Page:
Your fungi are understory / soil saprophytes. Above them it is a thick and tangled mass of vegetation in the polar summer. No wind penetrates. If a spore is going to have a chance to find a new area suitable for growth (and not be outcompeted by its parent) it must move some distance from its parent.
Plants have this problem all the time: how to get the seed somewhere new. They have all sorts of solutions. I am not entirely clear why this is less problematic for fungi (spores are so small?) or maybe I just do not know about fungal evolutionary adaptions for this.
In any case: your fungus. If spores are released close to the ground they will land close to the parent. The higher they are released the better the chance for a breeze.
So the spore body grows, up past the plant life, pushing it aside. It grows fast, in a day or two, because it is mostly nonorganic. This spore body is largely water filled erectile tissue and maybe even gas-filled spaces - it needs to get big fast and long term sturdiness (like a plant with a place in the sun) is of no concern. The parent fungus has considerable water at its disposal and it pumps this into the spore body. This is unlike the sturdy prototaxites which did apparently persist for growth seasons, putting down growth rings like trees.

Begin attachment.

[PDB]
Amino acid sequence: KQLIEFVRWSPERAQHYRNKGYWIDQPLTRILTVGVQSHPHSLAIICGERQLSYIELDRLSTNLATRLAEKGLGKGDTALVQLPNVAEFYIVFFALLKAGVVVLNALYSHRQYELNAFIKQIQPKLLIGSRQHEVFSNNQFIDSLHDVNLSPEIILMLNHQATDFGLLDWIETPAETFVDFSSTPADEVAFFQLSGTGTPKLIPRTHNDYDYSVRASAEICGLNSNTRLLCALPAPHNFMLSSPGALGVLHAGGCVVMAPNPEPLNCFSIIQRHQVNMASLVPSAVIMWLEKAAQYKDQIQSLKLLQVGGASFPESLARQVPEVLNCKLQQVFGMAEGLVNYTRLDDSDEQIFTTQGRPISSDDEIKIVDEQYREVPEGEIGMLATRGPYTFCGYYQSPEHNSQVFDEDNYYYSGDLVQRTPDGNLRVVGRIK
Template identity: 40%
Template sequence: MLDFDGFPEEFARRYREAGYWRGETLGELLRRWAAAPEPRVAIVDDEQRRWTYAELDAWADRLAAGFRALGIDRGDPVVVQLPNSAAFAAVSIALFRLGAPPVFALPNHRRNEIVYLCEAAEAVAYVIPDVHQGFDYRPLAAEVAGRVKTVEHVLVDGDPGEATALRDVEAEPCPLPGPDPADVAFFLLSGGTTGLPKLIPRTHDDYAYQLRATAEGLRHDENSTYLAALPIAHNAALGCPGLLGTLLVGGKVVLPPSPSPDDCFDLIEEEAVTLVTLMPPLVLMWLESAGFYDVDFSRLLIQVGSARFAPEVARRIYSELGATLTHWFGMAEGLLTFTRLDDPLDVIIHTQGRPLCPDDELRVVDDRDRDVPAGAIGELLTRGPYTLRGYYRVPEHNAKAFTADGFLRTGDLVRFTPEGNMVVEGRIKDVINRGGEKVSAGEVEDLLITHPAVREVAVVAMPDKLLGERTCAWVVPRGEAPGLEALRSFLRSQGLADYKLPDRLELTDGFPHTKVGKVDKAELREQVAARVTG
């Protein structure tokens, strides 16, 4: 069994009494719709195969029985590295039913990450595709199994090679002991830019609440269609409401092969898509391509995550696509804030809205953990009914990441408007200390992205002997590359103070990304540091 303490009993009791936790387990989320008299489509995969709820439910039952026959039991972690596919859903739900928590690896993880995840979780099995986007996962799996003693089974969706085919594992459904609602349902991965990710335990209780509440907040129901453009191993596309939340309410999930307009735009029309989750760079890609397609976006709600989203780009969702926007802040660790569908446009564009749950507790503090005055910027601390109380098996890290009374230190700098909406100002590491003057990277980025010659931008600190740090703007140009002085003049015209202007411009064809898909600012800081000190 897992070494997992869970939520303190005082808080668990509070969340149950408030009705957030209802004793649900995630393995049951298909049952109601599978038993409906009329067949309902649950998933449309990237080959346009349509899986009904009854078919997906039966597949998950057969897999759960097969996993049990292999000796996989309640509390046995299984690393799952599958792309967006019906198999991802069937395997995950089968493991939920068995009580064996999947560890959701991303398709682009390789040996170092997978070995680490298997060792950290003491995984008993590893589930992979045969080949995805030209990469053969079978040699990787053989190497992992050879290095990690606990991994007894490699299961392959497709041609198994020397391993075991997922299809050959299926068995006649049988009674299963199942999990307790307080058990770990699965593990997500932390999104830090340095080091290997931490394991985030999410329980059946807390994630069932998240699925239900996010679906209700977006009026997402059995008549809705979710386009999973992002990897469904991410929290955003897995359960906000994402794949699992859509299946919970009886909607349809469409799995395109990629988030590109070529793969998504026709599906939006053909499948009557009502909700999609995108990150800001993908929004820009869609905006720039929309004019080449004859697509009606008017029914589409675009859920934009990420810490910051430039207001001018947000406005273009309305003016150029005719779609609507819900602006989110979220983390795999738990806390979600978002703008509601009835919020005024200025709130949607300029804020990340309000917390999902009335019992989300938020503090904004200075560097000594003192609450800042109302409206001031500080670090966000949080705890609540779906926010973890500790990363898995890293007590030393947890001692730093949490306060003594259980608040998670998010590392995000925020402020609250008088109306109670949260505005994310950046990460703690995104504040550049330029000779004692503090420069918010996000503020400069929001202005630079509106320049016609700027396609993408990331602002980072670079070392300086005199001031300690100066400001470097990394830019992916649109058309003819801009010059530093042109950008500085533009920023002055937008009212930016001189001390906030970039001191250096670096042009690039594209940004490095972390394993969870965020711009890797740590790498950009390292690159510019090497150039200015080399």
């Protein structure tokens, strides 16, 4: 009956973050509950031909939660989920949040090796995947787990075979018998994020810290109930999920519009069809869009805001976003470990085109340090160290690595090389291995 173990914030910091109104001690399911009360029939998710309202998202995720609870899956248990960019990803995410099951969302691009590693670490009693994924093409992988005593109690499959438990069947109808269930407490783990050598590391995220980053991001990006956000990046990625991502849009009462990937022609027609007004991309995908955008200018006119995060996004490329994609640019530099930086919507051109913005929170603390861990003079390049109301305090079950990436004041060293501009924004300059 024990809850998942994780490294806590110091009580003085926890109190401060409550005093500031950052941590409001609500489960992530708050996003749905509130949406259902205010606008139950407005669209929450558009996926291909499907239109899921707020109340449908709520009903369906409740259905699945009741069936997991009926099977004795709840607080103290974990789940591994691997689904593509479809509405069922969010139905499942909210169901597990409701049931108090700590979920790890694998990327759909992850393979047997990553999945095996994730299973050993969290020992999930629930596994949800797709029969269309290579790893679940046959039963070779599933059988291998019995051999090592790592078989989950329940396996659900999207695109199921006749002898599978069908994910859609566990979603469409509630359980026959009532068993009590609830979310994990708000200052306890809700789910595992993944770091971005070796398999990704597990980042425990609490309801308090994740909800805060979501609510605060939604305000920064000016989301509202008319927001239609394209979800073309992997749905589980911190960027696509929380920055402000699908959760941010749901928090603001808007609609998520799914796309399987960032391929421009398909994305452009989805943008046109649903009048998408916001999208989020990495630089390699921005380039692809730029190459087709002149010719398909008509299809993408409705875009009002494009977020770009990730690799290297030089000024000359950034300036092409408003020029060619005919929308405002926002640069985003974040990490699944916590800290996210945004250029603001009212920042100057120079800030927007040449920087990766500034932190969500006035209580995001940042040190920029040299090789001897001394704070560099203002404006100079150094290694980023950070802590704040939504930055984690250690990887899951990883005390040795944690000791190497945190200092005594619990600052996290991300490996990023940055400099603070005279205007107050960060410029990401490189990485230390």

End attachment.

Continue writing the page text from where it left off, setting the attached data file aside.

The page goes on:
Once the tip of the fruiting body is above the mass of plants it explosively pumps its spores into the air from the tip, and collapses.
*re dead matter during daylight hours - fungi use the night time too. Rot never sleeps.